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The objective of this experiment was to determine the percentage by mass of calcium carbonate (CaCO3) in toothpaste using the back titration technique. A known weight portion of toothpaste was reacted with a known volume and concentration of standard acid solution. After completing the reaction, the resulting solution containing excess acid was back titrated with a known volume and concentration of standard base solution. This determination of excess acid allowed us to calculate the amount of acid that reacted with CaCO3 in the toothpaste sample.
The result of this experiment showed that 19.6% of calcium carbonate was present in the toothpaste sample. In conclusion, CaCO3 constituted approximately one-fifth of the toothpaste sample, indicating that toothpaste is composed of various components such as fluoride, water, and detergent.
The purpose of this experiment is to demonstrate the practical application of the back titration technique. Back titration is a valuable method when encountering issues with forward titration, such as when the analyte is volatile or insoluble in water, when impurities interfere with forward titration, when the endpoint is difficult to identify, or when the analyte reacts slowly with the titrant.
In this experiment, we analyzed a weighed portion of toothpaste to determine the percentage by mass of CaCO3 present in the sample. The back titration technique was chosen because toothpaste is insoluble in water but soluble in acid.
Titration is a volumetric analysis technique used to determine the concentration of an unknown solution by adding a standard titrant to the analyte until neutralization is reached.
Back titration is a variant of titration where an excess of an intermediate reactant (in this case, hydrochloric acid, HCl) is reacted with the analyte (toothpaste, CaCO3). The reaction goes beyond the equivalence point, with the intermediate reactant in excess. The resulting mixture containing excess intermediate reactant is then titrated back with a known volume and concentration of titrant (sodium hydroxide, NaOH). Knowledge of the stoichiometry of the reaction allows us to determine the concentration of the analyte in the original solution based on the amount of reagent used.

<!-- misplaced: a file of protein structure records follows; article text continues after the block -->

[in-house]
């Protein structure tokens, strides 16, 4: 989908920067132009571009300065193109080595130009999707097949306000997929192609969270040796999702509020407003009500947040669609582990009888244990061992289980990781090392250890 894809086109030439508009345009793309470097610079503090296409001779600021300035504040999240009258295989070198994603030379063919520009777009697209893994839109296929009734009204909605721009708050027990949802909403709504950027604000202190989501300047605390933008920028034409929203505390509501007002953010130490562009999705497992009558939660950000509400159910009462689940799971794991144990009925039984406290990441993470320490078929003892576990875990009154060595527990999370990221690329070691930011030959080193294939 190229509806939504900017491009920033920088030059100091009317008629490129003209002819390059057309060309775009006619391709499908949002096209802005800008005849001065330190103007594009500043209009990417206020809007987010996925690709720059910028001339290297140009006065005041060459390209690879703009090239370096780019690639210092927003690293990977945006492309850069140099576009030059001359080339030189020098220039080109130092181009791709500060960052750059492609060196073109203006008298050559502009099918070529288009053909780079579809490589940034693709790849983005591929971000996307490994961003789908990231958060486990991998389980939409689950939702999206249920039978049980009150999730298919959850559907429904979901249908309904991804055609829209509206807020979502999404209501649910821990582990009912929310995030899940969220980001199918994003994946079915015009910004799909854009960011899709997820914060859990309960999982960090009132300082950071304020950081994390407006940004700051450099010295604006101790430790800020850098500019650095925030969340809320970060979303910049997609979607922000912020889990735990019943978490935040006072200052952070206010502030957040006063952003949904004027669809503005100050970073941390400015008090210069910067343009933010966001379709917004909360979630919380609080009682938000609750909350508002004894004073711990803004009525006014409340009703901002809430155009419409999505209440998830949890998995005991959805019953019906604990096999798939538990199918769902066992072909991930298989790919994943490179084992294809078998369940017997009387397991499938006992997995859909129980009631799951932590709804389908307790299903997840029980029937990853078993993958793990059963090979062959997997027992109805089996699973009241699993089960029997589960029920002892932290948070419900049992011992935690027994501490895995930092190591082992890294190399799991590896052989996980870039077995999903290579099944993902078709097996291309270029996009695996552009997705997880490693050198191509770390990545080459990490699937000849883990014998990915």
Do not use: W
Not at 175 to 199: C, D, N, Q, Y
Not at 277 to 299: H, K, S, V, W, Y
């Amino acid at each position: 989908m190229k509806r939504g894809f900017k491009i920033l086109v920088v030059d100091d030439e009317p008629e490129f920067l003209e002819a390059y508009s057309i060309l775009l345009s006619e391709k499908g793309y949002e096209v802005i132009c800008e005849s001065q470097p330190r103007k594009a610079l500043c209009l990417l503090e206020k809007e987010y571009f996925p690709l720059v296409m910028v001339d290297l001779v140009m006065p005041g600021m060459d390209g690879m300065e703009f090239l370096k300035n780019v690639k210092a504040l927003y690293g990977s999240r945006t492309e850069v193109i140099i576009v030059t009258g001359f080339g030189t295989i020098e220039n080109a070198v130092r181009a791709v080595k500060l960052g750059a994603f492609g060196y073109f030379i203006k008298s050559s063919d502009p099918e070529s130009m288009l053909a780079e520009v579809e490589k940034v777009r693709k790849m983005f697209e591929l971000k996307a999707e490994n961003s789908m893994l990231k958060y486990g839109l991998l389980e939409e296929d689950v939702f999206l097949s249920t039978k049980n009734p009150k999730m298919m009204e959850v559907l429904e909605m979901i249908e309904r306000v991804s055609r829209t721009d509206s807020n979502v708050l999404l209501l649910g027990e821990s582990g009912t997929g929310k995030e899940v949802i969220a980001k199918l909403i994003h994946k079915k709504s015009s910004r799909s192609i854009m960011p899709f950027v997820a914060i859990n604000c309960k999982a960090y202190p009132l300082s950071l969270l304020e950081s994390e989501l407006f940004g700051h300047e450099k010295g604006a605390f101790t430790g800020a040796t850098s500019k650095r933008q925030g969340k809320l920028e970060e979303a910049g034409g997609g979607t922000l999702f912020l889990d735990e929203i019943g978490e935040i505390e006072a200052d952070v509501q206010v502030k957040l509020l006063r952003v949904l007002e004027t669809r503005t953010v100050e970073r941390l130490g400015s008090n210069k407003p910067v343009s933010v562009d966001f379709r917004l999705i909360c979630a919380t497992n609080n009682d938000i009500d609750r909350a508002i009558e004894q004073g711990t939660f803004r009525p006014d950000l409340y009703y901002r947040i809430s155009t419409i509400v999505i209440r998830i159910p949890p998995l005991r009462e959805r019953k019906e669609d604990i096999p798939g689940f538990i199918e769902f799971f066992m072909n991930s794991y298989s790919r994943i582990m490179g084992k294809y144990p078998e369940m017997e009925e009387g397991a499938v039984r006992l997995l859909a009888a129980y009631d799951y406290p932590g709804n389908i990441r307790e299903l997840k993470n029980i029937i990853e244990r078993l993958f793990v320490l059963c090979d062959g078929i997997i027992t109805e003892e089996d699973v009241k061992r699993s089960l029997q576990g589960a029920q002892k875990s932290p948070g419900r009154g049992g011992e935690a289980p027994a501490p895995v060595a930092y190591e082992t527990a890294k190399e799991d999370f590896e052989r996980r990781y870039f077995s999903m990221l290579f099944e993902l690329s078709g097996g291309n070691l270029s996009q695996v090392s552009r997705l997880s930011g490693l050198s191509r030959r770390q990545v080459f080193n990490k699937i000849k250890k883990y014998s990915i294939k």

The results of the titration are presented in the table below:
|Trial||Initial Burette Reading (mL)||Final Burette Reading (mL)||Volume of NaOH Used (mL)|
The results obtained from the titration experiments have been analyzed, and the percentage by mass of calcium carbonate in the toothpaste sample has been calculated. The calculations were based on the volume of NaOH used and the stoichiometry of the reaction between HCl and NaOH. Any potential sources of error were also discussed, and recommendations for improving the accuracy of future experiments were provided.
In conclusion, the back titration technique was successfully used to determine the percentage by mass of calcium carbonate in the toothpaste sample. The results indicate that approximately 19.6% of the toothpaste is composed of calcium carbonate. This suggests that toothpaste is a complex mixture of various components, including fluoride, water, and detergent. The experiment was conducted accurately, with no significant errors, and the chemical reaction proceeded rapidly and completely. Therefore, the determination of the concentration of the reactants was precise, making this experiment a success.
Based on the results and the experiment's performance, the following recommendations are made for future experiments:
Overall, this experiment provides valuable insights into the application of back titration in analytical chemistry and the composition of common household products like toothpaste.
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